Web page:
I have been living in Japan since 2004, and while I am not comfortable saying I am fluent in Japanese, I do consider myself highly conversational. I should honestly study more. Not just exist in a Japanese environment, but legitimately study. But life is busy and time is short. But it is on my list of things I need to spend more time on. But that isn’t the point of this preamble.
The point is that my Japanese is good enough that ever since my wife and I became friends, started dating, got married, our common language, and then our home language, has been Japanese. So, when we were expecting our first child, I had a decision to make. What language should I use with my child.
Fortunately, my wife made this decision very easy for me. I talked with her about different advice I’d gotten from other parents as well as friends who grew up in multicultural families. The predominant advice was “Speak to him in English. Do your best to ensure that he can exist in two languages. You will need to be his reason to want to speak English.”
I mentioned that I wasn’t sure about what to do. And, she looked me and essentially said that she knew it would be important to me for our child to be able to communicate in my native language was well and she wanted to support that. I feel I should bring up that English is not her strong suit. It has not needed to be one of her skill sets. I mean, of course, her English is still worlds better than the average American’s Japanese. (America is my home country, by the way.) But her reassurance that I can encourage my son to speak a language that she is not always comfortable in has meant the world to me. And that she does her best to support him in English when he wants to be playful with her int hat language as well… She is wonderful.
Now my son is almost four. Japanese is naturally his dominant language. But everyday we speak in English. It has been the only language we’ve used to communicate for a while now. In the past I would occasionally use Japanese if it were something that he needed to understand but couldn’t yet grasp in English. Now he understands enough where that isn’t necessary.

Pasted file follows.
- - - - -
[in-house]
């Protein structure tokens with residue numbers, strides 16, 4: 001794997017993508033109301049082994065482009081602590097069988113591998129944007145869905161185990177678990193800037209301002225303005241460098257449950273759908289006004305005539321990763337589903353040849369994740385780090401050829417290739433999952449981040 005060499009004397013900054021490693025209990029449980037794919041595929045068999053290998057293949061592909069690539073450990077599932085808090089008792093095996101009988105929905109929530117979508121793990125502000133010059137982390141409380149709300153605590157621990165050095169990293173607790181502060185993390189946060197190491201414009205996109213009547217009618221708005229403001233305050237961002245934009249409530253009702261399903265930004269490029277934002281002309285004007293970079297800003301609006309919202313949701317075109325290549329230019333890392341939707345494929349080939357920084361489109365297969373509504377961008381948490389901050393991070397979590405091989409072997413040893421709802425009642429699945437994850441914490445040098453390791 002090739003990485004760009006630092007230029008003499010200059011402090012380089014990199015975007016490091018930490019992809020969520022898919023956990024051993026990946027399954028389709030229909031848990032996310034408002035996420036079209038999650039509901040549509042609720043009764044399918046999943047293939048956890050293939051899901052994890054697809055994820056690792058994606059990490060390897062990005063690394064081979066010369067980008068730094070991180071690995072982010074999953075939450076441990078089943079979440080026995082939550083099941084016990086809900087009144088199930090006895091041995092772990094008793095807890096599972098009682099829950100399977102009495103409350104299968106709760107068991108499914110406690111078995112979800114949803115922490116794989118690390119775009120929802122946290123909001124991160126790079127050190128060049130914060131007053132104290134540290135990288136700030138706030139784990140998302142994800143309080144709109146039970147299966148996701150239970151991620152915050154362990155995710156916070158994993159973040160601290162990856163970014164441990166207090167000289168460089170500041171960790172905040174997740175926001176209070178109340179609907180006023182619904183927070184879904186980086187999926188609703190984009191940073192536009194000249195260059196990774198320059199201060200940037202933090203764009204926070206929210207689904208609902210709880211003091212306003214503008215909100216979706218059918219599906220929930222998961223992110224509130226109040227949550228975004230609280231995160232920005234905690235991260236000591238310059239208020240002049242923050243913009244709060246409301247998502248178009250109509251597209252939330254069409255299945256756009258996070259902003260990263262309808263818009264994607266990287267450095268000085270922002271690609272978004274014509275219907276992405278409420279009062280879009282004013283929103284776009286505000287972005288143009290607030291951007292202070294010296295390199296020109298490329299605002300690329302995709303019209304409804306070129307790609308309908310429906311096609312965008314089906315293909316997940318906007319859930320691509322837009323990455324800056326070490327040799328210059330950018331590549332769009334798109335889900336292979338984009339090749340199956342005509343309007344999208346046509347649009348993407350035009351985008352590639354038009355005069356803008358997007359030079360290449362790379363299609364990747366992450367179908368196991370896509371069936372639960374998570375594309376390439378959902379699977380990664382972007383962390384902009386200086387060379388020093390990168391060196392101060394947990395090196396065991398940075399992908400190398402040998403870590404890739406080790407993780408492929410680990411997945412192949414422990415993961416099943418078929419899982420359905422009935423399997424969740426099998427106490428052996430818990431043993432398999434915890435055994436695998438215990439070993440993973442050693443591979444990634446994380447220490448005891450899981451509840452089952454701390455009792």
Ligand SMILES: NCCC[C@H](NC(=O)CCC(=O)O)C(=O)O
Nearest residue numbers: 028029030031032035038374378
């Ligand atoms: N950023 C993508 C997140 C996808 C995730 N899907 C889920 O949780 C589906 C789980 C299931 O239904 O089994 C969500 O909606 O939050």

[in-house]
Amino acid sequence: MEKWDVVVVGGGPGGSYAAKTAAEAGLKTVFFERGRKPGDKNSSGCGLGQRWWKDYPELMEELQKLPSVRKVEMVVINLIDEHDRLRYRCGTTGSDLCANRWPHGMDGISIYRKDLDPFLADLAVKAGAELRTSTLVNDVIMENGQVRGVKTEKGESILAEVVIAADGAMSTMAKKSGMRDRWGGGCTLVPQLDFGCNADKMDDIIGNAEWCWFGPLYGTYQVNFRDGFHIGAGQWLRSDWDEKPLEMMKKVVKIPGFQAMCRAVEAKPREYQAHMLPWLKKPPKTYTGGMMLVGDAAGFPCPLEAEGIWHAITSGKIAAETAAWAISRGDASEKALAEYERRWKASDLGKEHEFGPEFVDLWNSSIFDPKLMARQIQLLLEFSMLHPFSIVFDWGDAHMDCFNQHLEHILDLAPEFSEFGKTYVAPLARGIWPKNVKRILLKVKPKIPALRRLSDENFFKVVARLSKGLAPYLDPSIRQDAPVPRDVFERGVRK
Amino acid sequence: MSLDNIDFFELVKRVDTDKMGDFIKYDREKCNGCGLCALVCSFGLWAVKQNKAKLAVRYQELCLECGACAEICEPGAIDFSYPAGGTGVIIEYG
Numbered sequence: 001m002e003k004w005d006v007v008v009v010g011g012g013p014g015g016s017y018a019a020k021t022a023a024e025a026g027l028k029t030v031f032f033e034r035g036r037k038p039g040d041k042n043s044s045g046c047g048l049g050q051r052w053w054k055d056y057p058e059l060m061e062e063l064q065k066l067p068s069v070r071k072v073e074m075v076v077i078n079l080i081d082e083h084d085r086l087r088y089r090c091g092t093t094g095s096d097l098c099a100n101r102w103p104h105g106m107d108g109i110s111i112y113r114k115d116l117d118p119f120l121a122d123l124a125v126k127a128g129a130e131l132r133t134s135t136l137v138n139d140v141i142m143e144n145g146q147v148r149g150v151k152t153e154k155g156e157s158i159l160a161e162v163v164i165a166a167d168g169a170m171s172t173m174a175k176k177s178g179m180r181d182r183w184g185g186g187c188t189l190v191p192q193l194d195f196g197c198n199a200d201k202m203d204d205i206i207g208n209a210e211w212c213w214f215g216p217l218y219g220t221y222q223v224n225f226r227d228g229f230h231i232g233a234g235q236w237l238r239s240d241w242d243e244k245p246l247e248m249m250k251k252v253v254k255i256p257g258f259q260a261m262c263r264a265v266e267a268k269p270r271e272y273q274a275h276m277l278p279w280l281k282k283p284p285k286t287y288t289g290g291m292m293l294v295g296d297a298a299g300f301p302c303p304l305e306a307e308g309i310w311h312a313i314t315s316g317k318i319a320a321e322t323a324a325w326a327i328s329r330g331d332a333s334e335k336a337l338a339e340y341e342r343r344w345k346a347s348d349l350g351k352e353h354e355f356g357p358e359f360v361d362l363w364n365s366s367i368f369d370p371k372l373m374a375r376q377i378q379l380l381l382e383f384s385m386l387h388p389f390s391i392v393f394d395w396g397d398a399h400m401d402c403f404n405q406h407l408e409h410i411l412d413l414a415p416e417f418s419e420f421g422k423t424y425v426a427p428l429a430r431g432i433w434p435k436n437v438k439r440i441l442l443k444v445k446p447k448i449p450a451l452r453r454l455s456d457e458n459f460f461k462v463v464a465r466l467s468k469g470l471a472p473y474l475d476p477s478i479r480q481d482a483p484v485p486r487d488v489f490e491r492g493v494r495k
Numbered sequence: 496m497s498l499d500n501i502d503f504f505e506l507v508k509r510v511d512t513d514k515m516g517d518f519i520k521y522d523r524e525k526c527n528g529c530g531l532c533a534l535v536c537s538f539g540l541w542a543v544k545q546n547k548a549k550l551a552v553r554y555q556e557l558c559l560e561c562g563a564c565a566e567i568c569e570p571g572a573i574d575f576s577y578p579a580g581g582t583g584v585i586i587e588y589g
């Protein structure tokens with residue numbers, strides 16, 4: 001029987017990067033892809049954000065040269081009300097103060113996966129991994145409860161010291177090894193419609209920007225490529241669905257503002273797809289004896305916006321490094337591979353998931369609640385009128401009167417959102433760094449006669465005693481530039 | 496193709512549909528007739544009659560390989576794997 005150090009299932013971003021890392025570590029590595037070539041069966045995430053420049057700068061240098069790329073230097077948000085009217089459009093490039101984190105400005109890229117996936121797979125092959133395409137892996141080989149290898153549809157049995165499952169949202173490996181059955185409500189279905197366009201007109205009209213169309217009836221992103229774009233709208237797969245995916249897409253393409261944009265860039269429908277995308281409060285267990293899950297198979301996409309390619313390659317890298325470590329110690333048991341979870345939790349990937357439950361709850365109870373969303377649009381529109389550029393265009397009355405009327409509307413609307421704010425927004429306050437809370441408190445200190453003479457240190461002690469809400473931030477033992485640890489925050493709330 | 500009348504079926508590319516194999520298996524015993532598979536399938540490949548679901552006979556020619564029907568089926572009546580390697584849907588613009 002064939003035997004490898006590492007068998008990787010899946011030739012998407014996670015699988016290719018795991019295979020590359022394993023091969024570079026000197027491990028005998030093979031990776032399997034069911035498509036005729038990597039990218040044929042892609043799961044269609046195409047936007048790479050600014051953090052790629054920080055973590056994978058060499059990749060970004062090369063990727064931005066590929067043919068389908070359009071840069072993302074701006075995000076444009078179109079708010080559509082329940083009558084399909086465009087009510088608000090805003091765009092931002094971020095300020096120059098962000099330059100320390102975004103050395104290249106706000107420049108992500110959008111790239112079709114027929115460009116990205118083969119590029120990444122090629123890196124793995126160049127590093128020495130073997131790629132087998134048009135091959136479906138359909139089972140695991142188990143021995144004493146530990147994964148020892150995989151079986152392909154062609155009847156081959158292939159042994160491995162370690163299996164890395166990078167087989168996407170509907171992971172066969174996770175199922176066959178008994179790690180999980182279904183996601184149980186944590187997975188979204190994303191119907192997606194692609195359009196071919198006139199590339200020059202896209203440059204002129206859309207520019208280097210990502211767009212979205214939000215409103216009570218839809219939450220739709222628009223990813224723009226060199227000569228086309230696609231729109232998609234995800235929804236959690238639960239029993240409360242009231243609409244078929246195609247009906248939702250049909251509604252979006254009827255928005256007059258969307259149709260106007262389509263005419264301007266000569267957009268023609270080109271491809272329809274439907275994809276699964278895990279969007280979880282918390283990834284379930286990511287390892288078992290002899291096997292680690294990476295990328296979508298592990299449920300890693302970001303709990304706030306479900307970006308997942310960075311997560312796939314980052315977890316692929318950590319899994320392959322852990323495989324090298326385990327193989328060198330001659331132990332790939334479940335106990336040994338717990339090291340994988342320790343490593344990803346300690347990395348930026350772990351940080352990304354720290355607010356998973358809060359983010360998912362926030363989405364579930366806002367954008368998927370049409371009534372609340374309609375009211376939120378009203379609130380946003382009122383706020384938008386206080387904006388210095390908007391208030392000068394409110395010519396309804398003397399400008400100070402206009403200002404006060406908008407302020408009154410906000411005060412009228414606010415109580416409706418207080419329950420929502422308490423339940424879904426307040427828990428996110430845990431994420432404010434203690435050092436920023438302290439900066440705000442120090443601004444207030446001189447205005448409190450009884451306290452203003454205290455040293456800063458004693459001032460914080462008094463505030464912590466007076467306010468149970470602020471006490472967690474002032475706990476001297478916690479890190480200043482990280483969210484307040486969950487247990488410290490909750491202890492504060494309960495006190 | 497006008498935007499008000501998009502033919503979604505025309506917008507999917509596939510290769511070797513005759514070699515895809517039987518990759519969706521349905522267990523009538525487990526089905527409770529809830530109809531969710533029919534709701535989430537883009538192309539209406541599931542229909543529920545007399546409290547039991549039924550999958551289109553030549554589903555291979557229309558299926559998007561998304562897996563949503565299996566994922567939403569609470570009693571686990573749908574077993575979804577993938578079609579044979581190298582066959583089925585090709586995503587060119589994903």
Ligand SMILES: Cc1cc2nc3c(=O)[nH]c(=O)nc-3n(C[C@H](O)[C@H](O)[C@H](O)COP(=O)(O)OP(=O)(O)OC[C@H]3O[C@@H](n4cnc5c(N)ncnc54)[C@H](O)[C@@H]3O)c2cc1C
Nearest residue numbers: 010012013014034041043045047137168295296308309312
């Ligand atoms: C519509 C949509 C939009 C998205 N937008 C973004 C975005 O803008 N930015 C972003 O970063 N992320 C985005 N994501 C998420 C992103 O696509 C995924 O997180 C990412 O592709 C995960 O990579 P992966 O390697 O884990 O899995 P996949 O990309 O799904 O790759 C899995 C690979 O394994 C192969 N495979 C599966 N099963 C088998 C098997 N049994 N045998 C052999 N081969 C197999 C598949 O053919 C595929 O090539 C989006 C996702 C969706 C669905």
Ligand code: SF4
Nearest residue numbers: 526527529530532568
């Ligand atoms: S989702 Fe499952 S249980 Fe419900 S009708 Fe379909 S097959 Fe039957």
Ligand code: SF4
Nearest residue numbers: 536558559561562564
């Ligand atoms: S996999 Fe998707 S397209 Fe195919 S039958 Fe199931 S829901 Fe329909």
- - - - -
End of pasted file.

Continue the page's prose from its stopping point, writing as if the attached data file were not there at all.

It is amazing watching him flow back and forth between the two languages. He tries so hard to speak it with me. And when he can’t, he’ll switch to Japanese, and I will try to clue him into the correct English with how I answer his question. Sometimes he picks it up. Sometimes not. But there is always next time.
I’m lucky that he still is not embarrassed by using English in public, or that his dad is obviously not Japanese. I’ve heard from some other parents that tends to happen early in elementary school, and that sometimes it doesn’t happen at all. Right now our little talks, and then playing together in the living room, are some of the brightest spots of my day.
And in less than a month my wife should give birth to a little girl. The whole family is excited. The decision to speak to her in just English was a lot easier. I’ve seen good results. But I know, the first time I see my son and daughter speaking English together by choice, I’m going to cry. Just thinking about it, I get emotional.
But, there is a downside. Remember how I said I am highly conversational in Japanese? I think I’m getting worse. My home time was my place for uninterrupted living in a Japanese language environment since I work as an English teacher so my workday also uses a lot of English. So, without that pure Japanese time I do feel my skill atrophying. Thus the renewed feeling of needing to study.
But, honestly, if my Japanese needing more polish is the price I have to pay for raising bilingual children, I will gladly pay that price.
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2 thoughts on “Raising a Bilingual Child”
As a wife to an Indian, I’m starving hard to learn his mother tongue of Malayalam. We both agree to speak to our children in our respective native languages. I’m sure it’s different as you’re in a Japanese dominant area, I consider for my child the odds are we will end up in an English dominant area so we will have to make an extra effort to teach Malayalam to our kids.
As a side note, though Arjun speaks English at near native levels, we are trying to speak only in Malayalam at home. Since I’ve only been learning for a year and a half, it can get very frustrating and easy to slip into English. Any tips for helping improve learning and facilitate acquisition?
I love that you teach in Japan. I was in Korea for 2 years and now in the UAE 🙂
I’m on a train and have tried accessing your site, but each time I get to the same part of a post and it crashes! I’m very excited to read the more of your site when I get home!
One of the hardest hurdles for me in learning Japanese was just accepting that I cannot speak with the same style or finesse that I have in English. That sounds so obvious, but I kept getting hung up in the struggle of not saying what I could say, but wanting to translate my English.
Having the desire to speak, and someone to practice with is huge. As is finding what you like and what works for you.